Late in April I went to We Be Sushi for dinner with Tom, his girlfriend, and her son. Close questioning revealed that the son’s birthday is the very day after mine, so he has just left his teens and I have one more year before I turn 50.
Did I mention the very helpful thing my father said when my mother had cancer? Before I tell you what it was—cliffhanger!—I wanted to mention that after my mother’s cancer was gone, I got an email from her out of the blue giving me permission to mention it here. That was very sweet of her.
As for my father, he said he tries not to worry about anything he can’t control, and certainly not about anything not happening today. That is at the other end of the spectrum from my own procedures, but it seemed to have some merit nonetheless, and proved to be very helpful. Even setting aside my mother’s cancer, I’ve spent far too much of my life brooding over the past and worrying about the future and I vow to enjoy as many moments as possible from now on, past (probably well past) my life’s halfway mark.
But there is no reason for gloom on that score. For one thing, I’ve spent so much time in fruitless mental pursuits that it’s entirely possible I could have more moments of being present in, say, the 20 years to come than the 49 years already gone. Actually, I could probably do it in one year.
Also, as it said on the front of the birthday card I got from Carol Joy, “Birthdays are good for you. The more you have, the longer you live.” Good point! And a nice contrast to our society’s highly prevalent view that old age is to be dreaded.
I went to Ypsilanti for a week just before my birthday and had a lovely time. I stayed with my parents, of course, and went with my mother to a couple of appointments. My sister came over thrice, I had lunch with Helen and Ginny at Seva (unfortunately, Sally and I couldn’t work out a visit, which I was looking forward to, but I’m sure we will next time), and Amy had me over for a lovely homemade vegetarian birthday dinner with her and her son Mike. She roasted a variety of vegetables, and baked me a birthday cake.
She said I was the first person ever to request a white cake with white frosting, a year or two ago, but it has now taken hold in their family enough that Mike requested the same for his most recent celebration. I said I was glad to learn I had had at least some positive effect on him.
Later in the week, my father announced there would be a “birthday ceremony” around dinnertime, and at the appointed hour, produced a beautiful fruit-covered tart, a card, and the check he customarily mails every year. I am very fond of that check. Because it comes some decades after childhood, it always makes me feel quite spoiled and loved.
Amy and I also got together on another day for lunch at Seva, and Dad and I took a trip to the cemetery one sunny and tranquil afternoon. I’ve never seen a family member’s grave before and found it slightly arresting to see our last name on a headstone. One of the markers was that of a little girl who died after only 19 days, of something that would be readily fixable now. It was overwhelmingly sad to see that stone, with a lamb carved in one corner, and to reflect on what those 19 days must have been like for her mother, who knew from the beginning that her child would not live. Three women on my father's side of the family all outlived a daughter.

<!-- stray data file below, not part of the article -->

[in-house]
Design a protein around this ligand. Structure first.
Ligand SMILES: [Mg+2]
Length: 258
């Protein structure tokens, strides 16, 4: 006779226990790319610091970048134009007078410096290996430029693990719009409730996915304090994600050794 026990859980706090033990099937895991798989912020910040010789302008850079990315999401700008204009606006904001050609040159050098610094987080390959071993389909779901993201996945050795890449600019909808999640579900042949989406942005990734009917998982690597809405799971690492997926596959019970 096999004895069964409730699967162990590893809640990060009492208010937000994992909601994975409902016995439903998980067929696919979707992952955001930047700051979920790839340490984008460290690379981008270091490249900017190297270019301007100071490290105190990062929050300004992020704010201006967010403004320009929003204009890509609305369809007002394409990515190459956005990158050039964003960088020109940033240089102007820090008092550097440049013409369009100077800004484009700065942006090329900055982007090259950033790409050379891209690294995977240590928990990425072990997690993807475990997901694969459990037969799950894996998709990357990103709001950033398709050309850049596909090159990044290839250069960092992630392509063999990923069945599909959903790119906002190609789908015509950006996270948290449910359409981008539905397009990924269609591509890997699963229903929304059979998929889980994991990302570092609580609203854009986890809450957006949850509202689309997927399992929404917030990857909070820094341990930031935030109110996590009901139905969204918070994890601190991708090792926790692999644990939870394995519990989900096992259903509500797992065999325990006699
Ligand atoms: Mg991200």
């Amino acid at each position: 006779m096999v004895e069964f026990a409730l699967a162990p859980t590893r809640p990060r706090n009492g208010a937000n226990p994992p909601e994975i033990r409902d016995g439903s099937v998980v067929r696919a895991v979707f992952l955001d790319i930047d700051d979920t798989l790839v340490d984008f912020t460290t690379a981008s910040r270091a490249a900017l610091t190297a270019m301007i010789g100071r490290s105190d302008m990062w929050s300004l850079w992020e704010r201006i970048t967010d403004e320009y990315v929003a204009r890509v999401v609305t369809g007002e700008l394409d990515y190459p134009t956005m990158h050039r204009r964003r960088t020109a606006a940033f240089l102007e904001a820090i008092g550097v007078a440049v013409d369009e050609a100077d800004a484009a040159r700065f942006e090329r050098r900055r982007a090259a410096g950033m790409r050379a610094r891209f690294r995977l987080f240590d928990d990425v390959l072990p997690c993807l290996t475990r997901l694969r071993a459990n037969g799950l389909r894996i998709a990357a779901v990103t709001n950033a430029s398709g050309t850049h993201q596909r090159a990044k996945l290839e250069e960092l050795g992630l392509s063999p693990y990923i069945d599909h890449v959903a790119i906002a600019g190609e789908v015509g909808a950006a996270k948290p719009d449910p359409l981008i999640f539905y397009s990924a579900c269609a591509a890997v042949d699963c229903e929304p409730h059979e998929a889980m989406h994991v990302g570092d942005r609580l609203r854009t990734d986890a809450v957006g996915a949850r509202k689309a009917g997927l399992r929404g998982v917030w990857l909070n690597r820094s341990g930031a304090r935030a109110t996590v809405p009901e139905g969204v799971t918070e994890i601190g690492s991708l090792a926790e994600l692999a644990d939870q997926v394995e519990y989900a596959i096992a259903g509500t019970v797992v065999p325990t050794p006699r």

Living for a week where there is a TV let me get caught up on Rachel Maddow, and, less happily, on Palin and Weiner. Rachel said she got an email from her parents saying that if they die, they would like such-and-such public couple to adopt her, which I thought was endearing. During the many days of non-stop Weiner coverage, Rachel said something like, “Perhaps you were out today and didn’t get to watch TV. Maybe you missed your TV. If you want to know what your TV looked like while you were out, it looked like this,” and then we saw a screen divided into four quarters, each displaying Congressperson Weiner’s face.
Late in the week, I had lunch at Haab’s with my Uncle Rick and his fiancée, Janet, about which I had had some slight trepidation. Mentally, I was one hundred percent on board, but I feared that when we actually met, I might be overcome with grief over my departed, beloved aunt, but it turned out perfectly fine. Janet is lovely—outgoing, cheerful, full of enthusiasm. She and Uncle Rick have known each other since high school, and are doing all sorts of fun things together. I fully and completely endorse this happy match.
Uncle Rick has lost nearly 40 pounds and looks utterly fantastic. I hasten to say he looked entirely fine before—he’s one of the more handsome uncles around—but he looks amazing now. (Actually, Janet said that when one of her longtime friends learned she was engaged to my uncle, the friend said, “You’re kidding! He was the It Guy in high school!”)
One thing Janet likes to do is go kayaking, and so we discussed the three of us doing this together next year, as they’re about to buy a house on the water. My mother is already worried about it and suggested I take some kayaking lessons in the meantime. I pointed out that Uncle Rick and Janet’s new house is going to be on an internal, probably very placid, waterway, and that I’m sure Janet will save me if anything goes amiss. My mother wasn’t reassured.
“Wait!” I said. “You want me to go kayaking in San Francisco Bay?”
“No,” she explained, “I didn't mean you should go out past the Golden Gate in a kayak. I meant in a swimming pool.”